Subtlety rarely wins out at the Oscars, and there was no better example this year than the winner for Best Score. Even if you hadn’t seen Edward Berger’s All Quiet on the Western Front, by the end of the Oscar broadcast you were surely familiar with some of its music: An inescapable three-note motif that inspired plenty of snarky comments on Twitter.
Reminiscent of Hans Zimmer, those blaring three-note brrrms could easily belong in a Batman movie, embodying the insidious problem behind All Quiet‘s success: An emphasis on spectacle over subtlety.
With nine nominations and four wins, All Quiet was one of the biggest films of the night; a gritty wartime epic based on Erich Remarque’s 1929 novel about German soldiers during World War I. Adapted twice before, the best-known version is the 1930 film by Lewis Milestone, a genre-defining masterpiece with a fiercely anti-war message. Berger’s film is obviously very different, both stylistically and in terms of the filmmaking technology available to a director in 2022. But modern techniques don’t necessarily translate to more sophisticated storytelling.
I wrote a whole thing comparing these two adaptations and discussing where the new movie falls flat, but the short version is this: While Berger’s All Quiet has been praised for its brutally immersive depiction of trench warfare, it simplifies and de-politicizes the material we see in the 1930 film.
Berger employs blockbuster tactics to present some parts of the story as a nail-biting action thriller—albeit a horrifying one—while downplaying the more nuanced political and emotional elements. For instance, he removes the conflict between soldiers and their civilian families, along with any meaningful exploration of nationalistic propaganda. In fact, the 1930 film’s critique of nationalism is largely replaced by a simplistic subplot about a callous aristocratic general, positioning him as a one-note villain.
On a structural level, Berger’s film also undercuts the emotional journey of its young protagonist, Paul. Instead of following him on a gradual descent from naive, upbeat patriotism to dead-eyed trauma, the film opens with brutal violence and only gives Paul a brief preamble before sending him to the trenches. Berger’s goal is to immerse the viewer in the sensory horror of the battlefield, but this ultimately does a disservice to the story’s deeper political themes.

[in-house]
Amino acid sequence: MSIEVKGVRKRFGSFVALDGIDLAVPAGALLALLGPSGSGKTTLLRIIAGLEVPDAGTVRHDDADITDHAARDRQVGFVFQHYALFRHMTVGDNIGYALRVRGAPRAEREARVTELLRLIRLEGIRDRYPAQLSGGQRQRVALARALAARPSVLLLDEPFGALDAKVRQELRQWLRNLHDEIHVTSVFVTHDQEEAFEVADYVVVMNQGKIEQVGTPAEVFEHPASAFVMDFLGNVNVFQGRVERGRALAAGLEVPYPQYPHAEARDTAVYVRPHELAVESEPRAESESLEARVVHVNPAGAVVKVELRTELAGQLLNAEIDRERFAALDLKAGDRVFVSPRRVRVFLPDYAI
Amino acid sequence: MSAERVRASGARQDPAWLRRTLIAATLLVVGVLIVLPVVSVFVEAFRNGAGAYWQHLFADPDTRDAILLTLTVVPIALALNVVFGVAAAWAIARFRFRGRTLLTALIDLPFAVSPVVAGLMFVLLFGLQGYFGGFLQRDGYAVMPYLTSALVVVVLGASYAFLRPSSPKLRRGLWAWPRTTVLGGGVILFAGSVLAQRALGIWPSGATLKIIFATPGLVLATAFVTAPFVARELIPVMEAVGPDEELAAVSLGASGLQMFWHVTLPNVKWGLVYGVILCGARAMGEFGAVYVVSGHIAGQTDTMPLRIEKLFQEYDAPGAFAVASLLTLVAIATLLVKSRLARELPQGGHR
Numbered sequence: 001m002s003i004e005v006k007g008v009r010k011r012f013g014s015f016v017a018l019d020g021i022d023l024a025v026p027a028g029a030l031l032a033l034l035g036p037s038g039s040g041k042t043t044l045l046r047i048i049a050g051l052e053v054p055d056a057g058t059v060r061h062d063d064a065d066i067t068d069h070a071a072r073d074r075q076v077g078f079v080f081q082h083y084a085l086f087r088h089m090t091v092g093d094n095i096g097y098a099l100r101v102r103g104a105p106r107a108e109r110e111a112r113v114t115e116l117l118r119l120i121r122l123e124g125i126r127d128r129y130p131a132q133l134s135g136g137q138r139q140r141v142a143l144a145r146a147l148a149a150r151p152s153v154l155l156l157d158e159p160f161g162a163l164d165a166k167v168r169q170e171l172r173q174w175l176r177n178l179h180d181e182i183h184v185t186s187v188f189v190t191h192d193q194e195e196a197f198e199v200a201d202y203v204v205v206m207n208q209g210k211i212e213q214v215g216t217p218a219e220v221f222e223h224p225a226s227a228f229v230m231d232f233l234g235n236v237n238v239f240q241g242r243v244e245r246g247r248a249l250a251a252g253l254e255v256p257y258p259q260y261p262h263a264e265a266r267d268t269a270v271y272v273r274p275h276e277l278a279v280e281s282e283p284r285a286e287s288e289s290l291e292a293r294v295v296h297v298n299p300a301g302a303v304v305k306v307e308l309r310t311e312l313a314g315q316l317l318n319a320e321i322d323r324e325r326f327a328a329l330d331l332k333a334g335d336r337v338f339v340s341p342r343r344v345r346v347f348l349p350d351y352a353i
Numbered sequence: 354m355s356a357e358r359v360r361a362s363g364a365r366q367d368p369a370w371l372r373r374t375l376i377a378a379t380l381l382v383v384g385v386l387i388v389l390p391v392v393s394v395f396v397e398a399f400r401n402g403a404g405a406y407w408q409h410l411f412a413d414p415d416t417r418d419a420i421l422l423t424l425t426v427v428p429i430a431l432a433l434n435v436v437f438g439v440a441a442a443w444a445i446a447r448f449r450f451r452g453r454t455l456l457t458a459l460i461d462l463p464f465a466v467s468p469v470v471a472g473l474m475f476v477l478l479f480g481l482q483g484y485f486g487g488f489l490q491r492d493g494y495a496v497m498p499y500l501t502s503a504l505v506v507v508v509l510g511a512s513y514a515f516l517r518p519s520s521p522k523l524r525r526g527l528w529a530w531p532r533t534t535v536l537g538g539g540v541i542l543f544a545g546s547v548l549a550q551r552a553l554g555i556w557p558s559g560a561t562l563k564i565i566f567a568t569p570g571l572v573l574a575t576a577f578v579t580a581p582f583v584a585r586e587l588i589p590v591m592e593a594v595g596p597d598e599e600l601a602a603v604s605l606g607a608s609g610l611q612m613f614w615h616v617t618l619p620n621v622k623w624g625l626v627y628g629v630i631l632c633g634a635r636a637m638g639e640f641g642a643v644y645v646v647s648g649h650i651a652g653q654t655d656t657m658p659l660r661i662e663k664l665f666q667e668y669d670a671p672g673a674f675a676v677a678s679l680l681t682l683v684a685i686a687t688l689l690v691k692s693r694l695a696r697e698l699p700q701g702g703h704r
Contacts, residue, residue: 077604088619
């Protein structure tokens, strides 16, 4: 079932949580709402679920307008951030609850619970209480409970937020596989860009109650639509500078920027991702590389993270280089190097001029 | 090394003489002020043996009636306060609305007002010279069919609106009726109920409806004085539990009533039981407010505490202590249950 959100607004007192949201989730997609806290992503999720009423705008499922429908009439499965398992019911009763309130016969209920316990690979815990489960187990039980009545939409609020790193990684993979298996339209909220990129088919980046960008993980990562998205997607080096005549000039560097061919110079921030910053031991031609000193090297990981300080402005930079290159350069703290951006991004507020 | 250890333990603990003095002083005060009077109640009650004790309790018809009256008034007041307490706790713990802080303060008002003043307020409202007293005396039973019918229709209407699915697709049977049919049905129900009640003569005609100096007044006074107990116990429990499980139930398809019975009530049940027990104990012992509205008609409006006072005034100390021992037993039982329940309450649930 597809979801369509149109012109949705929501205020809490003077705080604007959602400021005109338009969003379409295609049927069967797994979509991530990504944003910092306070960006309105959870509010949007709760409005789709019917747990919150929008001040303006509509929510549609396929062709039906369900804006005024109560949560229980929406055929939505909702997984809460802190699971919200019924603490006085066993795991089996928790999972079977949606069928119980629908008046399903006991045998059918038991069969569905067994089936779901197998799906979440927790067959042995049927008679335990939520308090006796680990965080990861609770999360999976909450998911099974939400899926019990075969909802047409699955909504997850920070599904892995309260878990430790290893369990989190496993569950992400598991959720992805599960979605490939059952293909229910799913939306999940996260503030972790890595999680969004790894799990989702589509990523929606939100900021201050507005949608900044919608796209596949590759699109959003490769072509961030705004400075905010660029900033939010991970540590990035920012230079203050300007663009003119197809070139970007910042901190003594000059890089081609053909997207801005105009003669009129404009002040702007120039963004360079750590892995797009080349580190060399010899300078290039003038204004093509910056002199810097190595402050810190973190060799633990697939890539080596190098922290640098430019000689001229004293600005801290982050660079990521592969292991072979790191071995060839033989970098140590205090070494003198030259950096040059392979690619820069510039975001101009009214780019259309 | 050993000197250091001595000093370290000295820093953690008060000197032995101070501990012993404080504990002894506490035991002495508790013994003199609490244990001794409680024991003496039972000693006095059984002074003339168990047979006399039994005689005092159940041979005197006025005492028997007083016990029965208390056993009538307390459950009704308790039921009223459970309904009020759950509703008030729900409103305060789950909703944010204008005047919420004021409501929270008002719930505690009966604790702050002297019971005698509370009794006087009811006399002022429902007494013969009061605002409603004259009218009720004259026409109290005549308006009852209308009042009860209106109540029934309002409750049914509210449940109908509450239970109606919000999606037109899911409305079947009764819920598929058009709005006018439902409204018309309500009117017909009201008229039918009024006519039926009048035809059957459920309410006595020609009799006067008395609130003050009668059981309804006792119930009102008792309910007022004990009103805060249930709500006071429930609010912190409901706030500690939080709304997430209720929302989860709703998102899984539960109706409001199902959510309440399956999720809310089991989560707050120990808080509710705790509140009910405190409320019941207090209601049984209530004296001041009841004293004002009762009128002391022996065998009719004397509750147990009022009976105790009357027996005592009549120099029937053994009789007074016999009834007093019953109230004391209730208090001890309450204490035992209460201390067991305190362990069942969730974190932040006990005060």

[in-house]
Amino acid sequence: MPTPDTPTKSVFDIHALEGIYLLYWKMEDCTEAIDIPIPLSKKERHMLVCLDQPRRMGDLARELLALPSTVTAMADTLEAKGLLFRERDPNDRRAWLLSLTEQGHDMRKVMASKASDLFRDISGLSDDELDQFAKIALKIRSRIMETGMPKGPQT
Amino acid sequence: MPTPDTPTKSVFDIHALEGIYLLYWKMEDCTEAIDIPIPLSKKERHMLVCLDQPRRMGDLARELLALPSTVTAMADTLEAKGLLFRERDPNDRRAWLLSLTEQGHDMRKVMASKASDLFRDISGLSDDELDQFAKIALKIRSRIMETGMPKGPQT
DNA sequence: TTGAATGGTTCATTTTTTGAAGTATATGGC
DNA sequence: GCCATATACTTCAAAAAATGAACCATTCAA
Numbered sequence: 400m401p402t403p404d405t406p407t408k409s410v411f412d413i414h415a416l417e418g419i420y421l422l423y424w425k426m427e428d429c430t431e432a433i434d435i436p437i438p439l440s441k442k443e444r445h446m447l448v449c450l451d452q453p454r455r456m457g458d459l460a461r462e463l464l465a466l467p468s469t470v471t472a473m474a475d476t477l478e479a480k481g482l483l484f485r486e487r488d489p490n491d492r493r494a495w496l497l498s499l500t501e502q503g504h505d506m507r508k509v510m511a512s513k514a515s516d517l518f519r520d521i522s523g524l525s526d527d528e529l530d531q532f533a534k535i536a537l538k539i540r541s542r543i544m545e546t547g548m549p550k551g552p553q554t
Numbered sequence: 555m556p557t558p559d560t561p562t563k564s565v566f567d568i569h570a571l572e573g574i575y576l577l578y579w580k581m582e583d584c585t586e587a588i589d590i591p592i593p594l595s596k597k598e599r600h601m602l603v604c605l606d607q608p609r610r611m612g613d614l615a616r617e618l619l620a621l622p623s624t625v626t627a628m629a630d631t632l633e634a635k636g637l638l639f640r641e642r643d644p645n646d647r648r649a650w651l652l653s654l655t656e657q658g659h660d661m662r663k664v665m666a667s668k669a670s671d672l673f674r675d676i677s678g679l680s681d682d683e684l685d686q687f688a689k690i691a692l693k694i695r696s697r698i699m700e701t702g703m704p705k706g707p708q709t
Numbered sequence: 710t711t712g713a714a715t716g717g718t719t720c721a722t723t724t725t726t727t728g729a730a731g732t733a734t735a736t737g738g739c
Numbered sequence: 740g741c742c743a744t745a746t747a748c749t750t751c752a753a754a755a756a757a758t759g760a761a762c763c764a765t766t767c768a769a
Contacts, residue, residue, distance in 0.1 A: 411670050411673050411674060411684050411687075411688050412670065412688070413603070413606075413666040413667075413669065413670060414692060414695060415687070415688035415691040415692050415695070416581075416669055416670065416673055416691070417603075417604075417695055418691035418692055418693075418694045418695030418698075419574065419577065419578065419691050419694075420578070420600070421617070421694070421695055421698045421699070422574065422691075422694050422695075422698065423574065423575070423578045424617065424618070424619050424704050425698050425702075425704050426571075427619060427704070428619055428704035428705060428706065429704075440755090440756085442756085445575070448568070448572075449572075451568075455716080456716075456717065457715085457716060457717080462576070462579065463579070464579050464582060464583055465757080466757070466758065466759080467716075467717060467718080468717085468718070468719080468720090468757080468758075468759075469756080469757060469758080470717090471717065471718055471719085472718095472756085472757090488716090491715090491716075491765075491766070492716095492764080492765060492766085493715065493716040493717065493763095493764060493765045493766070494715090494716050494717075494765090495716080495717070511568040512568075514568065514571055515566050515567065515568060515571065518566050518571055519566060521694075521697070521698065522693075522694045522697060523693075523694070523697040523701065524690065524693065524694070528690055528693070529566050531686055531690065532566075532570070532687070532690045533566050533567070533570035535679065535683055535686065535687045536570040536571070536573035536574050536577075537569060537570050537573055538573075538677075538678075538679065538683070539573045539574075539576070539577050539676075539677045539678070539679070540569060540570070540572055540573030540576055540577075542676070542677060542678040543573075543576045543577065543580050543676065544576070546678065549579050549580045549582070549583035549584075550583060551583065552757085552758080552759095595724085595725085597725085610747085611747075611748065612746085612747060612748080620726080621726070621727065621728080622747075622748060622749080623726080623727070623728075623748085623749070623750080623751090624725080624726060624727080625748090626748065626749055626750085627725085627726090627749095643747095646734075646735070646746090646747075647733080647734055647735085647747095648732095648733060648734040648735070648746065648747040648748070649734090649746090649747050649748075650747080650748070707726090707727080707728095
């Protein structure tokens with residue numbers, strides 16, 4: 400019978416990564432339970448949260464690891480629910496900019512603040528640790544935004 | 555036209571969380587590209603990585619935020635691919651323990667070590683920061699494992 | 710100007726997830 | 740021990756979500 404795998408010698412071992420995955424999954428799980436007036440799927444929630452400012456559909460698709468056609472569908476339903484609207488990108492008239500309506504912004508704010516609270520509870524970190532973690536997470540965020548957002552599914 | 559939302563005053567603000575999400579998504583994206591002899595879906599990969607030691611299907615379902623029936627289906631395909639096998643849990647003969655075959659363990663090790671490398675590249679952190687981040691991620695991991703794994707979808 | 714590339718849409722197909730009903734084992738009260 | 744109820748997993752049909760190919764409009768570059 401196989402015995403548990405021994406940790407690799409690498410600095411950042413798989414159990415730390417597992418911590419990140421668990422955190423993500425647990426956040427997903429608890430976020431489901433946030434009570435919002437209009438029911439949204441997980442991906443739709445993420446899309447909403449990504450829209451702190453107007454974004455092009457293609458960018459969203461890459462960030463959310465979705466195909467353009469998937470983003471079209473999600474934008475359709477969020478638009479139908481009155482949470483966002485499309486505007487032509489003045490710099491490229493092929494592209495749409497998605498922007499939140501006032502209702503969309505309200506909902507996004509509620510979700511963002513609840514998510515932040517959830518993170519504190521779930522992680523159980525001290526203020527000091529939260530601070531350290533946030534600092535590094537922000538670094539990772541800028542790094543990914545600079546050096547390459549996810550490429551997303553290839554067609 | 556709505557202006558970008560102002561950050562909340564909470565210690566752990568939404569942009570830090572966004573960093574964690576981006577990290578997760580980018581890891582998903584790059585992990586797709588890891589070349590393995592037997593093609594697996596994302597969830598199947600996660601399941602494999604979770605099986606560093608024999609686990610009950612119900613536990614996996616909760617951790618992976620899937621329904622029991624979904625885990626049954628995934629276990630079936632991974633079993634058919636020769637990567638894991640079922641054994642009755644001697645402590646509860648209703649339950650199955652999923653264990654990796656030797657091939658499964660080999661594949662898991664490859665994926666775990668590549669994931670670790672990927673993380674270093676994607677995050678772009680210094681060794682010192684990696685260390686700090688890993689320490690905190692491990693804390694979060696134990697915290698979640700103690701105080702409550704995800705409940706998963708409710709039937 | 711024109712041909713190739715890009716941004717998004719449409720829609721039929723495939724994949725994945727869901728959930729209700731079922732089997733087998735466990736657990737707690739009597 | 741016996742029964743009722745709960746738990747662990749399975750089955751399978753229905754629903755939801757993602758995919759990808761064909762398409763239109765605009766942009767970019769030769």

Volker Bertelmann’s score reflects a similar attitude. With inventive instrumentation and a bold mix of old-school orchestration and more abstract, percussive soundscapes, he ramps up the tension with clattering chills and muscular groans. His promotional interviews also highlight the experimental nature of his work, especially for a prestige historical drama.
The traditional expectation here is for a sweeping, symphonic backdrop. For the music to sound “old-fashioned,” even if it isn’t wedded to a precise historical setting. But Bertelmann comes from an electronic music background and collaborated with the film’s sound designer to incorporate explosions and metallic machine gun fire into the score. That memorable “brrm brrm brrm” motif was created using an antique harmonium (a kind of pump organ) with amps attached, resulting in a sound that The Hollywood Reporter described as “a wooden turn-of-the-last-century synthesizer.” As a music nerd, I honestly find this stuff fascinating. It’s the kind of cool, imaginative little detail that piques people’s interest on the awards circuit. But in the context of the film, the resulting score… absolutely sounds like a blockbuster action thriller.
We’re used to hearing this type of music in films where violence is used for entertainment. It’s Batman-adjacent. So while it may be effective in building tension and creating an explosive impact… is that really what we want for an anti-war drama about the pointless devastation of WWI? Is it placing the audience in the correct mindset?
In some scenes, it’s already hard to differentiate between All Quiet and wartime action movies like Dunkirk and 1917, and the score only helps to hammer this point home. The very things that people praise about this film—the immediacy of the violence, the physicality of the trenches—are part of the reason why it’s less insightful than an adaptation made almost a century ago. We’re invited to empathize with Paul’s fear and trauma, but we’re not really being encouraged to think.